A Cheat’s Guide To The Books Of The Year
How to talk about the literary highlights of 2018 when you haven’t read them
As Christmas approaches, the cultured but overcommitted reader of MR PORTER may be dreading those dinner-party conversations that look back over the year. You have an opinion on Mr Donald Trump and Brexit, no doubt. But, as we all know, a gentleman always avoids turning the conversation to politics or money. Not everyone will be impressed if you start banging on about Mr Kylian Mbappé’s performance in the World Cup Final, so you’ll need to have a view on the year in literature, thus advertising your sophistication and cultural bona fides while thrilling all those people who’ve been putting in the hours at Wednesday-night book groups.
Even if, ahem, you have not had time to read all the important books that have been published this year, you’ll need to have something to say about the ones everybody has been talking about. Which works of fiction have found themselves at the centre of the national conversation? Which big-ideas books does everyone need to have a view on? Here, as a service to our readers, are five of the biggest books of 2018 in easily digestible form together with some smart remarks to make, plus some snippets of context and background knowledge that will be sure to impress your fellow dinner guests.
by Mr Karl Ove Knausgård
After getting on for a full decade of Mr Karl Ove Knausgård-mania, The End brings to a close the six-volume autofictional My Struggle series, which has drawn rapturous praise from many front-rank writers. The sophisticated bluffer won’t mention Ms Zadie Smith’s endorsement, which is on all of the book jackets, but rather make murmurous allusion to Mr Ben Lerner’s fine essay in the London Review Of Books. Talk about Mr Knausgård’s move from a Proustian digressiveness in the first two books to a more chronological approach in the later ones. Mention that this book brings us up to the controversy surrounding publication of the first book (Mr Knausgård’s uncle took a very dim view), snake-eating-its-tail style. Talk about how Mr Knausgård at last addresses the way he stole the book’s title from Mr Adolf Hitler in his long discussion of Mein Kampf. And talk, too, about how all the boring bits about making cups of coffee and smoking cigarettes are really a very important part of the book’s artistic vision, which is to explode the whole notion of literary fiction. Add that the poignancy of the book’s portrait of Mr Knausgård’s wife’s mental illness is thrown into extra relief by the knowledge that their marriage subsequently broke down and he is now dating a British publisher. You could also mention the Seasons Quartet – short books addressed to his infant daughter, which started with a series of essays on subjects as diverse as Wellington boots, teeth and labia before returning to the autofictional manner of My Struggle. “That sequence turned a corner with Spring, don’t you think?”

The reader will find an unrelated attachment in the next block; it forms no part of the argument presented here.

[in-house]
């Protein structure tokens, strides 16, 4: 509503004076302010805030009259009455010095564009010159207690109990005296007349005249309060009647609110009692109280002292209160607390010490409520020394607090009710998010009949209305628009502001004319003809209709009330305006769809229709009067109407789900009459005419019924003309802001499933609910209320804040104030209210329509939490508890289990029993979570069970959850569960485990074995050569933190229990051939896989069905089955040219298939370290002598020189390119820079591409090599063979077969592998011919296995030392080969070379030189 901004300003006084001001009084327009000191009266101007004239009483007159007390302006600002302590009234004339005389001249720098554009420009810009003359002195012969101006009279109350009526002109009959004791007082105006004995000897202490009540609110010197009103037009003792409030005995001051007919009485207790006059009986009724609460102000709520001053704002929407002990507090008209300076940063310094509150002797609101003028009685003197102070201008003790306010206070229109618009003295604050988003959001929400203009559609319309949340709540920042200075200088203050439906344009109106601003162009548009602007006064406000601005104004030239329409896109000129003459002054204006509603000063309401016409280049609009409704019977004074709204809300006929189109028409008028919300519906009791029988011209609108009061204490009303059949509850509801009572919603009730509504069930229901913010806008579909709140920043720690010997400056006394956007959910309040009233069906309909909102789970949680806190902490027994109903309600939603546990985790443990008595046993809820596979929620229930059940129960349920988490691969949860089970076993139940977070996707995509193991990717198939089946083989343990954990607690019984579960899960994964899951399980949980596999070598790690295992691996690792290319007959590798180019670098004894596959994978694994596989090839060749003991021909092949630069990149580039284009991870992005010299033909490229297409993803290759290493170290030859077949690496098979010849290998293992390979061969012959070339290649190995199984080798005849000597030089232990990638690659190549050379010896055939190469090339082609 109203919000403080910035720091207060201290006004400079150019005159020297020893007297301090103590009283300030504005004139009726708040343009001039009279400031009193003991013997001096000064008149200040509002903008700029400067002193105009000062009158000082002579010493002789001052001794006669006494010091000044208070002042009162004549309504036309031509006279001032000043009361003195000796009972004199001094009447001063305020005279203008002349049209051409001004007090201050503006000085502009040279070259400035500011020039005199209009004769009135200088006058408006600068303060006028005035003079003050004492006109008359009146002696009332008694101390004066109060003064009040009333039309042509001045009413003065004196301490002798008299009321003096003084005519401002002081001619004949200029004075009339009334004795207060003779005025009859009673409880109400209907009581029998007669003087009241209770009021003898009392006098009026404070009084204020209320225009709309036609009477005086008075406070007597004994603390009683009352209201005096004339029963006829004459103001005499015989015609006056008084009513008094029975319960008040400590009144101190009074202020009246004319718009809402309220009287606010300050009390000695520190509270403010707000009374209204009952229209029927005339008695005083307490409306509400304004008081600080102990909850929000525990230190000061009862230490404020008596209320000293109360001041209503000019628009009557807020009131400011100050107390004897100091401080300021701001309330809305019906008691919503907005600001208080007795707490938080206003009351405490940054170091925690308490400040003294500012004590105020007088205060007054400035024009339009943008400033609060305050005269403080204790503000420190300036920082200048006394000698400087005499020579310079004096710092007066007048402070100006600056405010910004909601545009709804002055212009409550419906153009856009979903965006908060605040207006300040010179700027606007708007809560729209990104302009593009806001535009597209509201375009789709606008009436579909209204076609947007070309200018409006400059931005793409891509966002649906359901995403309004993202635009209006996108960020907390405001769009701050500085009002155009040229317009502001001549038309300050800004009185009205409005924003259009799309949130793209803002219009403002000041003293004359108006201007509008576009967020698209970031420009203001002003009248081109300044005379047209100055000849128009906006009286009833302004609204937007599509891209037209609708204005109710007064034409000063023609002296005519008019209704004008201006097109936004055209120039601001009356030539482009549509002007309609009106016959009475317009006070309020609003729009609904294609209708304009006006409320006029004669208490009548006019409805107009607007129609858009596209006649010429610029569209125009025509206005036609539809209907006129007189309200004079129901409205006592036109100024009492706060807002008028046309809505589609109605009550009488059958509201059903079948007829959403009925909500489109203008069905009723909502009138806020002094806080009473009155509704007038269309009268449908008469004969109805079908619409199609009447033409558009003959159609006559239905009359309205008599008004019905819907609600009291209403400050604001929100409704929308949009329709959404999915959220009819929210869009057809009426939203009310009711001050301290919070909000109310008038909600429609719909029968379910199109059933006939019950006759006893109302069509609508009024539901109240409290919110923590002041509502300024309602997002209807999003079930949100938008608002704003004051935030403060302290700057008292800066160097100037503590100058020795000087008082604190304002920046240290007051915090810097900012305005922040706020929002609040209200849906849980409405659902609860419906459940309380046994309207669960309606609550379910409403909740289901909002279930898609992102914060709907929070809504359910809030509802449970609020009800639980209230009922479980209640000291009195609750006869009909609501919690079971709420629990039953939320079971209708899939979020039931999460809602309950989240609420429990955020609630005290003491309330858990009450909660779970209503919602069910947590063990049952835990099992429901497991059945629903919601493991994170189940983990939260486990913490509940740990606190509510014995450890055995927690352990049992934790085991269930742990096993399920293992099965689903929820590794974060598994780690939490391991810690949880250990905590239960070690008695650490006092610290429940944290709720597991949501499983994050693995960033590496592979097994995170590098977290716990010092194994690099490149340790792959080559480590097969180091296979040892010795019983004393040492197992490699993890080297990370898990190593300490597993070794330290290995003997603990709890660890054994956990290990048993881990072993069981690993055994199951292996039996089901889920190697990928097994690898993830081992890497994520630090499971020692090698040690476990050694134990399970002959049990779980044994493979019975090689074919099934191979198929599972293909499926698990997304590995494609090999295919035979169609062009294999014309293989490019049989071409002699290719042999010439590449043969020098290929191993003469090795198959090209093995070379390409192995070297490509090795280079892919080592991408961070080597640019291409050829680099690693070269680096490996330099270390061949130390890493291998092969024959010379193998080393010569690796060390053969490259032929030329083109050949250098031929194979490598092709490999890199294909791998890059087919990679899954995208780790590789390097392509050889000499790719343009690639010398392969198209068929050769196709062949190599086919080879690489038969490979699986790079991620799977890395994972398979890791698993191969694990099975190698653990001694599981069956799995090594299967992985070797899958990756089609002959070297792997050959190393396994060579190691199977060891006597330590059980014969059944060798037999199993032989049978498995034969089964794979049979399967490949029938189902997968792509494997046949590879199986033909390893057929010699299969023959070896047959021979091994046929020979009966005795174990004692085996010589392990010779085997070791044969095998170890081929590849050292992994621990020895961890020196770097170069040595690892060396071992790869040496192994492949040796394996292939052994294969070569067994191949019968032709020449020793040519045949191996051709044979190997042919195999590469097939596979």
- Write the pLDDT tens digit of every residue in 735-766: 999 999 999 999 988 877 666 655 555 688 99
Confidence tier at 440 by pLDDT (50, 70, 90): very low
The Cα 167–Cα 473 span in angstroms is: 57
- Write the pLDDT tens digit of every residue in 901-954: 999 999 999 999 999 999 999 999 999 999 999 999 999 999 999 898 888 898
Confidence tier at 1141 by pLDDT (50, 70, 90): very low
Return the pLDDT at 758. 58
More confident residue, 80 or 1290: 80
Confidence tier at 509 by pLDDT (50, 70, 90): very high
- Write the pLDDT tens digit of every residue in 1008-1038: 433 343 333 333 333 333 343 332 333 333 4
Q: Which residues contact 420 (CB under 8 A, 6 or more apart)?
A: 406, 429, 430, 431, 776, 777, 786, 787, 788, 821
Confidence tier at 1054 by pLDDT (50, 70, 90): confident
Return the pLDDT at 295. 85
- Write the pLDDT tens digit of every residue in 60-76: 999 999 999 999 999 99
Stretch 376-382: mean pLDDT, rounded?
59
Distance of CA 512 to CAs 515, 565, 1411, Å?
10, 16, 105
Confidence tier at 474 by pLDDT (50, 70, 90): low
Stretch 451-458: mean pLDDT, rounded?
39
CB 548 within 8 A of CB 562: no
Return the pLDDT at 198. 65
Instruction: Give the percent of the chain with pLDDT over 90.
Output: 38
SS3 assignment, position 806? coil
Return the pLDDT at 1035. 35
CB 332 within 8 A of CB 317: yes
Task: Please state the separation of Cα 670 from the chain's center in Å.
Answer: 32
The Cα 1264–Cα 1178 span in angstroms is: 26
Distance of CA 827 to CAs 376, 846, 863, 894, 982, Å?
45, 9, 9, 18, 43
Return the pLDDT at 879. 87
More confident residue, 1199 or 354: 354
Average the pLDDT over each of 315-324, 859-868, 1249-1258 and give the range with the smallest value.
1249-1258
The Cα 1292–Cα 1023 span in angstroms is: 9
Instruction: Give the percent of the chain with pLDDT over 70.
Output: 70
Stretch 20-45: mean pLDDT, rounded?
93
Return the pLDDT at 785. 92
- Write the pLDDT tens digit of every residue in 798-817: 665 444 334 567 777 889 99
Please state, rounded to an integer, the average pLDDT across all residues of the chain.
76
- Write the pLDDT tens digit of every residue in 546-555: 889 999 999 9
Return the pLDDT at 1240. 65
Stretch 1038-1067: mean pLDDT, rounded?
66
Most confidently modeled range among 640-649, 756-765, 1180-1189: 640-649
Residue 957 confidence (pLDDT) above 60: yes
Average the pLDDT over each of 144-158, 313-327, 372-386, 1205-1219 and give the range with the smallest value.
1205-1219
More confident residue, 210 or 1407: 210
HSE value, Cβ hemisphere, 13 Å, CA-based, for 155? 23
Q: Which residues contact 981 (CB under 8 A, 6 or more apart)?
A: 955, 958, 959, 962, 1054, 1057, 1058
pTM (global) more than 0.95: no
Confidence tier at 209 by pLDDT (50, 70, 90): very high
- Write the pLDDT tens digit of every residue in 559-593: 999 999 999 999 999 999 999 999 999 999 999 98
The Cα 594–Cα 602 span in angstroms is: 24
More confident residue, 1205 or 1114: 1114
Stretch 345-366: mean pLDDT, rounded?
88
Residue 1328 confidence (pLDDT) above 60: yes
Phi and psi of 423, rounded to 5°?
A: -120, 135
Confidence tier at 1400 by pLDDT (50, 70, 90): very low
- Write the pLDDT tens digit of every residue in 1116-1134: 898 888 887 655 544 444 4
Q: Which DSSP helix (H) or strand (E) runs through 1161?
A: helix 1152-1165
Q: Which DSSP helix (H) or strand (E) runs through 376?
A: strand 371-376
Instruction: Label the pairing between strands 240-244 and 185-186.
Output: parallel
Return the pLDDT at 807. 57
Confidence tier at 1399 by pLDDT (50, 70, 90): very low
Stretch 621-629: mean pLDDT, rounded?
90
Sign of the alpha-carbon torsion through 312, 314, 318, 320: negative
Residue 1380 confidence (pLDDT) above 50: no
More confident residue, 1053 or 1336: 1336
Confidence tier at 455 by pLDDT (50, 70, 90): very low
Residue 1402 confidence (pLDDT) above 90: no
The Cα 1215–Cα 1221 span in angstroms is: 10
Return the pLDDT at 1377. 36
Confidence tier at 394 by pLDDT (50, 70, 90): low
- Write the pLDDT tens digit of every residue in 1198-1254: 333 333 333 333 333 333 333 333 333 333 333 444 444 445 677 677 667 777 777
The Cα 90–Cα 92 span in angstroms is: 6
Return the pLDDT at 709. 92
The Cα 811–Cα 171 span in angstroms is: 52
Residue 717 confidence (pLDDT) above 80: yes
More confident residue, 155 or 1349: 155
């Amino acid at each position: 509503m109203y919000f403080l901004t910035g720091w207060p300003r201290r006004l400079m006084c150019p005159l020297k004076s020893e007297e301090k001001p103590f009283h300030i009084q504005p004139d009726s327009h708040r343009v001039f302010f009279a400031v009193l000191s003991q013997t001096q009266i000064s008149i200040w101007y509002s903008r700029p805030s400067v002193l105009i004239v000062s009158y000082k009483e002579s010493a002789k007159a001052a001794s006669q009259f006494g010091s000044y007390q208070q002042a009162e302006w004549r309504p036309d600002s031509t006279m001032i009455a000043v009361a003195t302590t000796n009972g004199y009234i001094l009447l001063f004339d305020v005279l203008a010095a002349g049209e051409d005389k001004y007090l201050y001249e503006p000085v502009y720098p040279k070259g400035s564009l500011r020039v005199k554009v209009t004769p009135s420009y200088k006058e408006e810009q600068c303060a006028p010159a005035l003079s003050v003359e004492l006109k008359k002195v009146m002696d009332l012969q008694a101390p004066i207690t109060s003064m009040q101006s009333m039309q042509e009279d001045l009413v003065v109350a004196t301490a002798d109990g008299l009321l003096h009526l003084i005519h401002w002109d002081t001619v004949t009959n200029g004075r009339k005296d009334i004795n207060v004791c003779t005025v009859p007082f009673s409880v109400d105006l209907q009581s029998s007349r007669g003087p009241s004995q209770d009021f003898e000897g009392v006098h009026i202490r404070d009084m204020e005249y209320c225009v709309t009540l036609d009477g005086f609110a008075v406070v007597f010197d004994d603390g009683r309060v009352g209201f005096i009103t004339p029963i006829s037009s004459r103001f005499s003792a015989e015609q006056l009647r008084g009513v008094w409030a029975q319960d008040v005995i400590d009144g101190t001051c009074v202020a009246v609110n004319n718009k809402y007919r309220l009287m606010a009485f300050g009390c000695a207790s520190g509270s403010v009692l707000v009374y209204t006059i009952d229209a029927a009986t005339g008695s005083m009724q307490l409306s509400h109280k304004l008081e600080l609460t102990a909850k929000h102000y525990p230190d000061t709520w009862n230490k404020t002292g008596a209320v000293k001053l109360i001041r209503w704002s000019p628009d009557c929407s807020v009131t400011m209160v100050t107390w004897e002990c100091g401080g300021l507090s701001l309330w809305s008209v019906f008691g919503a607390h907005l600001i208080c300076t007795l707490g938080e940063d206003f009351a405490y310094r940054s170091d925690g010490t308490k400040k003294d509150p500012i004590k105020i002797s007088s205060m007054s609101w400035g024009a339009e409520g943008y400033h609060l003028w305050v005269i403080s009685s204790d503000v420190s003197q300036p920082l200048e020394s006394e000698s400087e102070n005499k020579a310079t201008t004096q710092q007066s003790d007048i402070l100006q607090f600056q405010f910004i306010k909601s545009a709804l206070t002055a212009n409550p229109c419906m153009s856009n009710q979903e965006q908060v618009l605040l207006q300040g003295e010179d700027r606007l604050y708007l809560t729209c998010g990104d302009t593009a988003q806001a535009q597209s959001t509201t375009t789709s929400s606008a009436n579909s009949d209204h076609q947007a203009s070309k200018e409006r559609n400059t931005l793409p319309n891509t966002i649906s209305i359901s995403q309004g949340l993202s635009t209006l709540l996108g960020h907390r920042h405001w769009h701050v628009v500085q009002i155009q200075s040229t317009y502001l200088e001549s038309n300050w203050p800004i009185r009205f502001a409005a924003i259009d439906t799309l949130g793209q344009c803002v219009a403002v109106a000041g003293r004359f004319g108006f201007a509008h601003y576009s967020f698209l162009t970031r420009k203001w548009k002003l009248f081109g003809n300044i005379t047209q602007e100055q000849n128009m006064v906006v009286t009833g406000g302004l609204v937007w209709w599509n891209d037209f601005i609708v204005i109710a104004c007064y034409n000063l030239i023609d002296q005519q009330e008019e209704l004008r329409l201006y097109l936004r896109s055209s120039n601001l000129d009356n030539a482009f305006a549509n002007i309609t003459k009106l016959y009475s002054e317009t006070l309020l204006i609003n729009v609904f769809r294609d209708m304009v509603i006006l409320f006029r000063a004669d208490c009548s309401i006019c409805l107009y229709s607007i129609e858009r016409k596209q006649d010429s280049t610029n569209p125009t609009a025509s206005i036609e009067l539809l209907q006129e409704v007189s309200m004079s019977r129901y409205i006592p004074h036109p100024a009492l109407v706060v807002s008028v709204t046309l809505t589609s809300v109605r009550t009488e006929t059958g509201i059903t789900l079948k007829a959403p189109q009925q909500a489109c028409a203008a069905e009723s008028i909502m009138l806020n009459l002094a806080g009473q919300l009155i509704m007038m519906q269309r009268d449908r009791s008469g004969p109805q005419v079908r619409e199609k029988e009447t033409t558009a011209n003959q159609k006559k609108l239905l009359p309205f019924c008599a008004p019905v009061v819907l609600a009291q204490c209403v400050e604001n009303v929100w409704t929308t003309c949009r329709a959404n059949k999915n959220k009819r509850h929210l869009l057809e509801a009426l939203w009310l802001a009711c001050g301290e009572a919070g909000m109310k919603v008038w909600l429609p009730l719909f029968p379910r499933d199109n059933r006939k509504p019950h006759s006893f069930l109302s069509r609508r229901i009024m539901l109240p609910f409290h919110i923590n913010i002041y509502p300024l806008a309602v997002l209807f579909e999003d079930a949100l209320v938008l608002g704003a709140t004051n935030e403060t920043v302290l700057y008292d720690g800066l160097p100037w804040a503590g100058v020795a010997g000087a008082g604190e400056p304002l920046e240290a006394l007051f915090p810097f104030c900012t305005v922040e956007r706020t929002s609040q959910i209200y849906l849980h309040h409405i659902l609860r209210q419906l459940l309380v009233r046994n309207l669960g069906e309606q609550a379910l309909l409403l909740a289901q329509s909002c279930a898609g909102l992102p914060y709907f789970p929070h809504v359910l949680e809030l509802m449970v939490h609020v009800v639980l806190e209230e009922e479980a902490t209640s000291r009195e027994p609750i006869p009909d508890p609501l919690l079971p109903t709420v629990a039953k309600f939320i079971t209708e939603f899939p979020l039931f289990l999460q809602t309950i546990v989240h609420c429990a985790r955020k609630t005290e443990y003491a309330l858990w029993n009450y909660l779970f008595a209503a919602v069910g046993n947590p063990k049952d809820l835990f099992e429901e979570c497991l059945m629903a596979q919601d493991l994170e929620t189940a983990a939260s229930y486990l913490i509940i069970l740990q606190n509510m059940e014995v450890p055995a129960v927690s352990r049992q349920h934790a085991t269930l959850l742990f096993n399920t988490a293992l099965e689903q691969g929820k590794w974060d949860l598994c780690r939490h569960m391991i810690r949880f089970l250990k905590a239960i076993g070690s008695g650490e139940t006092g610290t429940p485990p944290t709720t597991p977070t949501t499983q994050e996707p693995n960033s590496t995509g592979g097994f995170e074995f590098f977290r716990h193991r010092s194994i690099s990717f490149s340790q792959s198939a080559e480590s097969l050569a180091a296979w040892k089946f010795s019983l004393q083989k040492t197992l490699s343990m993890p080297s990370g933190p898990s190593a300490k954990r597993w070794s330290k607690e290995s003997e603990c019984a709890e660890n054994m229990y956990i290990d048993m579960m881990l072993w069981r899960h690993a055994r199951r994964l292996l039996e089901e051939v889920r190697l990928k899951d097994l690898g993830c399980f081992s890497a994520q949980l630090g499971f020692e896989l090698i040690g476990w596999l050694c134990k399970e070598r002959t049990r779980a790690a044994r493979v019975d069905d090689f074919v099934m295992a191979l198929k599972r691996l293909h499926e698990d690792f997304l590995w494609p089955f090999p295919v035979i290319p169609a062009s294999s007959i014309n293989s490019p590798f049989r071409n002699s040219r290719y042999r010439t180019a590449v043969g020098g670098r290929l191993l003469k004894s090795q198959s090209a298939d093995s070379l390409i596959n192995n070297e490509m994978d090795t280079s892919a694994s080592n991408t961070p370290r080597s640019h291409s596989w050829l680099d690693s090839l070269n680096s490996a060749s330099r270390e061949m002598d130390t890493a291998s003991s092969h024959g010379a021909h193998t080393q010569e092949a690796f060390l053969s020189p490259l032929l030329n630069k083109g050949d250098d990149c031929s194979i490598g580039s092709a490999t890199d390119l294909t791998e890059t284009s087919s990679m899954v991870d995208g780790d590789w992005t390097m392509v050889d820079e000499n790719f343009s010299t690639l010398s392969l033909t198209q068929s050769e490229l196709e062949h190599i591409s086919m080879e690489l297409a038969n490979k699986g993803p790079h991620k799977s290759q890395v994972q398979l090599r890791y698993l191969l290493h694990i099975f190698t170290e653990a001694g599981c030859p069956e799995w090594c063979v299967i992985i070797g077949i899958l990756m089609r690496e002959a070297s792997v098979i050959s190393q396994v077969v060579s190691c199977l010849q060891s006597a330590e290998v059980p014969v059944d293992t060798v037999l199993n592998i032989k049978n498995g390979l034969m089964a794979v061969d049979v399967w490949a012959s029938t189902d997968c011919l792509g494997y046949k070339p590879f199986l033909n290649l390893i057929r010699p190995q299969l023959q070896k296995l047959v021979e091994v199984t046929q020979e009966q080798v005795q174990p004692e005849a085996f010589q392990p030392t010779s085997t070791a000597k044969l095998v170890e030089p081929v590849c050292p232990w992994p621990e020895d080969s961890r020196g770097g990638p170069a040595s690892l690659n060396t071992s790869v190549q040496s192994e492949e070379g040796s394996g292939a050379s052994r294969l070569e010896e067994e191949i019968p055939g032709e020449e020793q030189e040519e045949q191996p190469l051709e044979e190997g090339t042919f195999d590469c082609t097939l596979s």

Do say: “The very long discussion of that Celan poem is a masterclass in close reading.”
Don’t say: “Twelve hundred pages! It took me longer to read than it took him to live it.”
by Ms Sally Rooney
Judging by its reception in the literary world, Ms Sally Rooney’s second novel is the breakthrough masterpiece of the voice of a generation. Admirers say that 27-year-old Ms Rooney is the first novelist to capture the day-to-day lives and loves of early twentysomethings now. Her editor has called her “the Salinger of the Snapchat generation”. So, what do these vibrant young people do? They fall in love, have sex, talk to each other on social media, break up, worry about things, fall back in love, fall in and out of friendship groups, worry about everything and read Mr Marcel Proust. Normal People is about the long relationship between Marianne and Connell, clever and bookish schooldays sweethearts in rural Sligo who go on to Trinity College Dublin together. At first, Marianne is posh and awkward, while Connell is from the wrong side of the tracks, but more popular at school. At university and afterwards, Marianne comes out of her shell. But the path of true love does not run straight. He acquires a boring girlfriend. She acquires a boyfriend she doesn’t like. Will they ever just get it together? The wise bluffer will make sage reference to Ms Rooney’s wit, her narrative virtuosity (chapters are called things such as “Five Minutes Later”), her subtle empathy for Connell’s well-meaning but tormented masculinity and her tender clear-sightedness in seeing how social, psychological and sexual difficulties mix together for mixed-up youngsters.
Do say: “It’s an outrage that Normal People wasn’t on the Man Booker shortlist. She is the digital-era Jane Austen.”